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Logo of nihpaAbout Author manuscriptsSubmit a manuscriptHHS Public Access; Author Manuscript; Accepted for publication in peer reviewed journal;
Transgenic Res. Author manuscript; available in PMC 2011 December 1.
Published in final edited form as:
PMCID: PMC3188684

Aberrant transcription and post-transcriptional processing of hepatitis C virus non-structural genes in transgenic mice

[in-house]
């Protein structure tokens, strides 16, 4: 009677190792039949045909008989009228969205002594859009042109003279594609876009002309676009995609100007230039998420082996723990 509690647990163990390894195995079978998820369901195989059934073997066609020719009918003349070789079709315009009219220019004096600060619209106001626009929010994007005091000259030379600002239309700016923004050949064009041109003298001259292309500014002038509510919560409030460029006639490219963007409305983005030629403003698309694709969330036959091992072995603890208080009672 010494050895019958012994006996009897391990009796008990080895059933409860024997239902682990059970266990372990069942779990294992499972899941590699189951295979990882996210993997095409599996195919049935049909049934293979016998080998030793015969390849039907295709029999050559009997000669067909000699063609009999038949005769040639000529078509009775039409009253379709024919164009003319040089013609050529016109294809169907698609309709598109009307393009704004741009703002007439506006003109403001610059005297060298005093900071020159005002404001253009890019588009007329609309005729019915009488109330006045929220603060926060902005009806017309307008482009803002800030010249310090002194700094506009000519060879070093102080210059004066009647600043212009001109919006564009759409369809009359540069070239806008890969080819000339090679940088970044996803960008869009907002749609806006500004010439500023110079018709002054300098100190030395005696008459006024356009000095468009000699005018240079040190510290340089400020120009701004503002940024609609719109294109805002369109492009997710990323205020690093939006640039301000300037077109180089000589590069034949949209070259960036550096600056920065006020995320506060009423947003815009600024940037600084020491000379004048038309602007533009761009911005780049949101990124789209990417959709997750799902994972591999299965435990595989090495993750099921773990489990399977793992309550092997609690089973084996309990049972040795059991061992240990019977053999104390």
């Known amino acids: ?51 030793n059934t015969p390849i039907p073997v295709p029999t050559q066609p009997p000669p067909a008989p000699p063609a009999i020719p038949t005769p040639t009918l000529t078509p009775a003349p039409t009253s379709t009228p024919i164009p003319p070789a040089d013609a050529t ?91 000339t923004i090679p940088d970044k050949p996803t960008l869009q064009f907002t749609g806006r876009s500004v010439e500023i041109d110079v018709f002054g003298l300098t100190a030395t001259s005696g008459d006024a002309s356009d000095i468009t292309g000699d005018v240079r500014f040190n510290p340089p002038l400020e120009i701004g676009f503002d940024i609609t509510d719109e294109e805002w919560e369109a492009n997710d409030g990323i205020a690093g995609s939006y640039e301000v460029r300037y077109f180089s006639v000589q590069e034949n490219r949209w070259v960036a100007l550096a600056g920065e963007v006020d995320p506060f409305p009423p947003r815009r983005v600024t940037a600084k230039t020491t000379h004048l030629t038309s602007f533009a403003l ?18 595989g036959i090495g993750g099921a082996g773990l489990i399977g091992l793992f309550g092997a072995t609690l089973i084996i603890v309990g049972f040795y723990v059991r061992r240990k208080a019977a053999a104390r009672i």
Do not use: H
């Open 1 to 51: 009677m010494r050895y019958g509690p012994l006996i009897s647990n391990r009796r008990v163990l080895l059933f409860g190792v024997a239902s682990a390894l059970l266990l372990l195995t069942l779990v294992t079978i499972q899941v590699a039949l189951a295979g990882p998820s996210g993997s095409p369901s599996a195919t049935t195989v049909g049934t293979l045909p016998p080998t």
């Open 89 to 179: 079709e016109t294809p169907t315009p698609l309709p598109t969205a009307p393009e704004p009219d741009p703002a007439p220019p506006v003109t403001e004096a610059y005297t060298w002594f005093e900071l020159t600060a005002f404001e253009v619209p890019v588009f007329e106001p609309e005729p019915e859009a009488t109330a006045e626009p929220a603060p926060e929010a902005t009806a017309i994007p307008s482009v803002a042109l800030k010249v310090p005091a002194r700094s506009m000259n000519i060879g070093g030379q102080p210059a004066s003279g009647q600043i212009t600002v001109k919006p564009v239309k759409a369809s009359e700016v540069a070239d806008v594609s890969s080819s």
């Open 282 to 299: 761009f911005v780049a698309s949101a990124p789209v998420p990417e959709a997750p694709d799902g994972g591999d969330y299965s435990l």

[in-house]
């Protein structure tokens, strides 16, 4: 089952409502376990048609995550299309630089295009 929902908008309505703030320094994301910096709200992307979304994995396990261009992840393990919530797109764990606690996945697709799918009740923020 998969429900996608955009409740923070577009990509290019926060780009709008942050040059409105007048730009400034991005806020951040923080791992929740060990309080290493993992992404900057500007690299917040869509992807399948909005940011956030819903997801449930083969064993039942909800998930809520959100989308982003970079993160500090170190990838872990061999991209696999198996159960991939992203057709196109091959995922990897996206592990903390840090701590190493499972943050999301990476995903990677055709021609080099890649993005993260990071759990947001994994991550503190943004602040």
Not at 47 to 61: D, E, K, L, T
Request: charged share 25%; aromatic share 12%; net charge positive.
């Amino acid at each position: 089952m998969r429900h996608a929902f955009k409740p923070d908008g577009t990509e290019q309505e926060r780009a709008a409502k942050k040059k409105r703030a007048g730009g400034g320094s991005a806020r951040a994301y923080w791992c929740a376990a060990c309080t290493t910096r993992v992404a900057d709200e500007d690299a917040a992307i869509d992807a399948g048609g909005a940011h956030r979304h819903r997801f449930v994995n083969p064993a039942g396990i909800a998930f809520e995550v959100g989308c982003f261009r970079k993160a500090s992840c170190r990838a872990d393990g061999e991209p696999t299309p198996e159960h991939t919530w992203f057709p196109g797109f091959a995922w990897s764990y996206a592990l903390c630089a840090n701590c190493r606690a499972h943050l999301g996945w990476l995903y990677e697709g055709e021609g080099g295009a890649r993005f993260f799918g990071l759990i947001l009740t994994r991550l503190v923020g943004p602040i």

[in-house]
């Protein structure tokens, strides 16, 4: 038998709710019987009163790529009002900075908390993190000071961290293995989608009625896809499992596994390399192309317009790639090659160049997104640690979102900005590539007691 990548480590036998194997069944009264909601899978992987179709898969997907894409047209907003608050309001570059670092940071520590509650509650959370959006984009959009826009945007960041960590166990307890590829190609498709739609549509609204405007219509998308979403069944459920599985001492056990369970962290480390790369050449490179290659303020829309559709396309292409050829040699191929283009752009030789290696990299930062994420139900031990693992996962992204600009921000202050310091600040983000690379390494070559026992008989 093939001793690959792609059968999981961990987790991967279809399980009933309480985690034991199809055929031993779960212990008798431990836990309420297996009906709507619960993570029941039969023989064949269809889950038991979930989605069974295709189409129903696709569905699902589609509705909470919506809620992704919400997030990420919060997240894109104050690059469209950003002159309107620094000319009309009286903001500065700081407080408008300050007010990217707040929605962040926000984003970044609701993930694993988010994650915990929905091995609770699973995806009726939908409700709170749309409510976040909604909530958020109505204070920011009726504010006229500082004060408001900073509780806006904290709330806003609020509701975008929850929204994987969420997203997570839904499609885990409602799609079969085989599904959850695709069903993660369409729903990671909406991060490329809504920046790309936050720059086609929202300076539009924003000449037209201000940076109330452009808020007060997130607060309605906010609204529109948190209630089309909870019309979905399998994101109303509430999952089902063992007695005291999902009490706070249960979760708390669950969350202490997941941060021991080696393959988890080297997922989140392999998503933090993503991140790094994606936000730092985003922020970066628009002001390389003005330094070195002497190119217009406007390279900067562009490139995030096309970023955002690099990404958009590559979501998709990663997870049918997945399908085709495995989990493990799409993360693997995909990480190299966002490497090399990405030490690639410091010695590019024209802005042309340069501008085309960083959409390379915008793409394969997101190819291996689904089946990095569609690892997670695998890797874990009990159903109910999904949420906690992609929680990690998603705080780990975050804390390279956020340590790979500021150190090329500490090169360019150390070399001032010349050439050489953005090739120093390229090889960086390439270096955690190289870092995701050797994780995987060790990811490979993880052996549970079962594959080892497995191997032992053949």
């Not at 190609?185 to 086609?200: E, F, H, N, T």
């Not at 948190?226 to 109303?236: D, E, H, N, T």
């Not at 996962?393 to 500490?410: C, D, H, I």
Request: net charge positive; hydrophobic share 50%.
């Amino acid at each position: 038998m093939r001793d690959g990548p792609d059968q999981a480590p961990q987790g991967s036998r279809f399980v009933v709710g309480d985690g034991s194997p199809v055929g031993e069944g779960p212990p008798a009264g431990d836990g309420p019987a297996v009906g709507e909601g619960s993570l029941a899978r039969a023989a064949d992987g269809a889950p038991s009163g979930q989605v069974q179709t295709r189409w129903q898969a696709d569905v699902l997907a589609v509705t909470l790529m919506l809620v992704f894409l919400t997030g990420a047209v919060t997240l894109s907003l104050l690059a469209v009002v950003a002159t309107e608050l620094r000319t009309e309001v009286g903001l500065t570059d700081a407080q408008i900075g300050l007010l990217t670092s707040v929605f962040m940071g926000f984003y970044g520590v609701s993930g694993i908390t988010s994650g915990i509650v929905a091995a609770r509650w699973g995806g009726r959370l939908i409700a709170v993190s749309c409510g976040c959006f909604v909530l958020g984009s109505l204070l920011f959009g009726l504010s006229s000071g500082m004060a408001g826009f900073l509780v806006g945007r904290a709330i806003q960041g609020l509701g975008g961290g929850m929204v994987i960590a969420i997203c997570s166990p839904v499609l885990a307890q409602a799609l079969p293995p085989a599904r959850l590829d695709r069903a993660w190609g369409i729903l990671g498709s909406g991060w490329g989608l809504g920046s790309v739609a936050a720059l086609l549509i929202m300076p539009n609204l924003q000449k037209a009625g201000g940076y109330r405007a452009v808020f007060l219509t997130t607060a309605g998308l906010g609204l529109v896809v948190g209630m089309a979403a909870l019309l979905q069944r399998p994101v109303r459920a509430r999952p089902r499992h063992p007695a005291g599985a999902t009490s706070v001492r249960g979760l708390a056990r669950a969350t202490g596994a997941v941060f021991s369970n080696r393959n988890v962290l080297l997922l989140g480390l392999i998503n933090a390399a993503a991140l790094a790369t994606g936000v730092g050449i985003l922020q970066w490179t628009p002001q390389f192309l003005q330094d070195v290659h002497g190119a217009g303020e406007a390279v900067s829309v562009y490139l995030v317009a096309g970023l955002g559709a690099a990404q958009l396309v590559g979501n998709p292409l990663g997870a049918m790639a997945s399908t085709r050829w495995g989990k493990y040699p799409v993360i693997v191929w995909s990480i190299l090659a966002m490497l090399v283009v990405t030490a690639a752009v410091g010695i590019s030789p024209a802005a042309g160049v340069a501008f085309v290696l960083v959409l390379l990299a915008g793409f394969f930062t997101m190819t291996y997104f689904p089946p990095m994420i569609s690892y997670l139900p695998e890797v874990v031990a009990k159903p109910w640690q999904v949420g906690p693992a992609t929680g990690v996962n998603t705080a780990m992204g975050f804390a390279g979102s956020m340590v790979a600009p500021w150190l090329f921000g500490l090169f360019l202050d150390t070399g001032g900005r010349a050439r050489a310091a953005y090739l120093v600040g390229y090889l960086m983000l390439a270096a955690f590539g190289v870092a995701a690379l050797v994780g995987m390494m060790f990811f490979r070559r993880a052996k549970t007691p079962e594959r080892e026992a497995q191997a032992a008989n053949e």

Hepatitis C virus (HCV) infection is a leading cause of chronic liver disease worldwide. Since several aspects of the infection remain unresolved, there is a pressing need for a convenient animal model that can mimic the clinical disease and aid the evaluation of treatment strategies. Although some success has been achieved in transgenic approaches for development of rodent models of HCV, transgenic expression of the complete HCV polyprotein or an entire set of the viral non-structural (NS) proteins continues to be a serious challenge. Using northern blot and 5′ rapid amplification of cDNA ends (RACE), we unraveled two possible mechanisms that can impede HCV NS transgene expression in the mouse liver. Several truncated transcripts are produced from alternate transcription start sites along the HCV NS sequence within the murine environment, in vivo. Translation of these shorter transcripts is blocked either by the positioning of a contextual stop codon or through a shift in the reading frame. In addition, the complete NS transcript undergoes trans-splicing through 5′ recombination with a non-transgene-derived, spliced leader sequence that appends a potential stop codon upstream of the translation start. These findings thus demonstrate that HCV NS-derived transgenes are subject to aberrant transcriptional initiation and post-transcriptional processing in the nucleus of a mouse host. Strategies to prevent such aberrant transcription start/RNA processing might be key to the development of a successful HCV transgenic mouse model.